- Nearly 700,000 children went hungry in the U.S. last year. One in eight people in this nation struggled to feed themselves adequately. Both of those startling facts, cited in an NBC report, came before the bottom fell out of the economy. USDA indicates 12.2% of our population “didn’t have the money or assistance to get enough food to maintain active, healthy lives.”As a parent, I can not imagine the pain of not being able to feed my child. As an American, I consider it a disgrace that we allow a growing percentage of our population to be deprived of a basic need. As an agriculturist, I’m disappointed because we have the technology to meet this need – and that of the 854 million people worldwide who are undernourished, according to FAO.
The world produces enough food to feed everyone. World agriculture produces 17 percent more calories per person today than it did 30 years ago, despite a 70 percent population increase. That is a powerful testament to agriculture’s improvement in efficiency and production capabilities. There are infrastructure, resource and land availability issues that are difficult to solve on a global scale, but it’s important to also take a look at tools we have in place to help.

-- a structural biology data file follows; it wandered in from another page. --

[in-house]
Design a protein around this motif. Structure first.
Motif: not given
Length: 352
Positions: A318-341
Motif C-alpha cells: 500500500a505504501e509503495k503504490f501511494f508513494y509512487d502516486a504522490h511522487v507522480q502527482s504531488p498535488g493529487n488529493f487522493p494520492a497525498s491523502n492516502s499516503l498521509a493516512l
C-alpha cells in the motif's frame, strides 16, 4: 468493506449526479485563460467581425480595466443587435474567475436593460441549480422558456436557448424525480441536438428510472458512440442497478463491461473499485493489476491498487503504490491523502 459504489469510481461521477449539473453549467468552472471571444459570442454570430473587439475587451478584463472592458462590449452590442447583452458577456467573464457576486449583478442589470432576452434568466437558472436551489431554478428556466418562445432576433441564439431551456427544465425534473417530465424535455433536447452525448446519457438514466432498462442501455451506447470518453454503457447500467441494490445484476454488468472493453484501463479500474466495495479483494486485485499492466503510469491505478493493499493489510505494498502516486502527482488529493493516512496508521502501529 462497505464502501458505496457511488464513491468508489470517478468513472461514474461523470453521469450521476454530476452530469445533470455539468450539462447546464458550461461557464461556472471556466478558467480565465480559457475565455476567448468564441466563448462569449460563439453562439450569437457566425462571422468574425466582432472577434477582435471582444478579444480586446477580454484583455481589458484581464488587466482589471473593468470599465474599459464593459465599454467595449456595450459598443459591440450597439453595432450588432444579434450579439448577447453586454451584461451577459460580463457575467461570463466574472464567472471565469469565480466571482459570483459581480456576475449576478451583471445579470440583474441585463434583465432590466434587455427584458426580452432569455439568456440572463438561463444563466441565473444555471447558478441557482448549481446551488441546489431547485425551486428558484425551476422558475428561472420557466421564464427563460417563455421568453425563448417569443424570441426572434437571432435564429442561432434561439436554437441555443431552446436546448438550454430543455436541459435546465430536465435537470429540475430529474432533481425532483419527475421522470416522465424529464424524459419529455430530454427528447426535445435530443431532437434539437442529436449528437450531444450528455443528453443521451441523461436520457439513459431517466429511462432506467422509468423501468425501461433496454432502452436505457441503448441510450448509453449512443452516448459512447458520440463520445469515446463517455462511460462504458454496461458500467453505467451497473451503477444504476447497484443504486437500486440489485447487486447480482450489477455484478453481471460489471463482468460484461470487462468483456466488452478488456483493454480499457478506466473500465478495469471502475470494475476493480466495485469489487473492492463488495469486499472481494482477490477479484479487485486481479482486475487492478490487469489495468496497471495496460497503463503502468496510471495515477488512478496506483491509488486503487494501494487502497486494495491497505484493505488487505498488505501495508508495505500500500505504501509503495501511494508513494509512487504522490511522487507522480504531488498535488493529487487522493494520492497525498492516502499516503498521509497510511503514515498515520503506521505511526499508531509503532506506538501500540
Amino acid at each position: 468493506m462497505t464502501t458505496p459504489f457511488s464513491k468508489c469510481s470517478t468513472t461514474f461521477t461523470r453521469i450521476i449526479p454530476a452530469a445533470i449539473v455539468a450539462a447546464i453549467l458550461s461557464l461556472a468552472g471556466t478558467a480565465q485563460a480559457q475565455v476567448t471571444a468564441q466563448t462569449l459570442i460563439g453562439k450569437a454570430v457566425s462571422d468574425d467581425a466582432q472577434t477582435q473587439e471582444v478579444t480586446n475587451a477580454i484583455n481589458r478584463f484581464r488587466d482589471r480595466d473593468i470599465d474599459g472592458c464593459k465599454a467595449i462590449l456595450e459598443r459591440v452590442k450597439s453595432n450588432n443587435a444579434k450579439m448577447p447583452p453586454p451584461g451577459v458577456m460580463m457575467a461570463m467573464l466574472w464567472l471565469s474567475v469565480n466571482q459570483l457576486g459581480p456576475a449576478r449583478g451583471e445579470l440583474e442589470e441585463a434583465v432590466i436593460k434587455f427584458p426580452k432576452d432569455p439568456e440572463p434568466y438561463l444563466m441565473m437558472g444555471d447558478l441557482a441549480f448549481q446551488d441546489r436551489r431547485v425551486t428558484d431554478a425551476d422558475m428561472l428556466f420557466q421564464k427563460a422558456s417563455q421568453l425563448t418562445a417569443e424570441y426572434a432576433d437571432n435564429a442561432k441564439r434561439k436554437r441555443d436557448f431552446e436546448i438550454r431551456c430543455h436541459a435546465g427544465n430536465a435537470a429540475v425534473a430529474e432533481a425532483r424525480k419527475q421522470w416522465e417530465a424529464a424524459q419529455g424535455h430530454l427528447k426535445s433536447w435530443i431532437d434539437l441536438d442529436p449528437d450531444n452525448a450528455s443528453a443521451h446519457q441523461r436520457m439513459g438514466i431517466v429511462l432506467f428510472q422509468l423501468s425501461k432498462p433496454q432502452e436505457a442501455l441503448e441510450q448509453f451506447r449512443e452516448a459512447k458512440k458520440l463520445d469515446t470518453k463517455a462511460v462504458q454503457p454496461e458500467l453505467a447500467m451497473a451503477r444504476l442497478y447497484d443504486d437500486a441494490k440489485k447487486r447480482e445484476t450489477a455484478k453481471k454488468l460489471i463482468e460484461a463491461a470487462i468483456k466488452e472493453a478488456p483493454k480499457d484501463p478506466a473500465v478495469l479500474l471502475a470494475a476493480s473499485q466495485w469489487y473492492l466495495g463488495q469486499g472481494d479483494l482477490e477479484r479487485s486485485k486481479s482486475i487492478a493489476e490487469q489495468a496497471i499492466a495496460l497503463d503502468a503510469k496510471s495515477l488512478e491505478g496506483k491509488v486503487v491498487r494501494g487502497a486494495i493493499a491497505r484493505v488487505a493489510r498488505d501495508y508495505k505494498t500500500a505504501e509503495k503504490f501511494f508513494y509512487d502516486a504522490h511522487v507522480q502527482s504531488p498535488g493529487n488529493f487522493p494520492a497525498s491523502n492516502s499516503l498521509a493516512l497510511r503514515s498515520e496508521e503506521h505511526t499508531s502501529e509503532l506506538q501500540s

The technology exists to get more nutrition to severely malnourished; for example, biotechnology cassava (a staple in many developing countries) can deliver a day’s worth of vitamins and minerals. American food producers have employed biotechnology – in the form of corn and beans – to decrease pesticide usage 630 million pounds in a decade. That same biotechnology can be used to help minimize environmental impact of animals, increase their productivity to keep food prices steady and even produce pharmaceuticals for treatment of human medical conditions.
Will we be allowed to capture the power of technology to help people? Pundits, such as EU anti-GMO groupies, try to create a vision of frankenfoods with talk of Genetically Modified Organisms” (a term should be banned from the vocabulary of any self respecting food producer). I’ve seen the investment of decades and millions of dollars it takes before securing FDA/USDA approval for any new tool in food production firsthand and am confident in that system.
More importantly, I care about the growing percentage of our population that is hungry. The efforts to drive technology out of food production, remove farmer’s management choices to use biotechnology and create false fear will only result in more hunger. If you’re in food production, let people know that you’re proud to be a part of the solution to feed the 12% of our population who don’t have enough food. If you’re a consumer of food questioning the use of biotechnology, think beyond your own dinner plate and consider those who are hungry.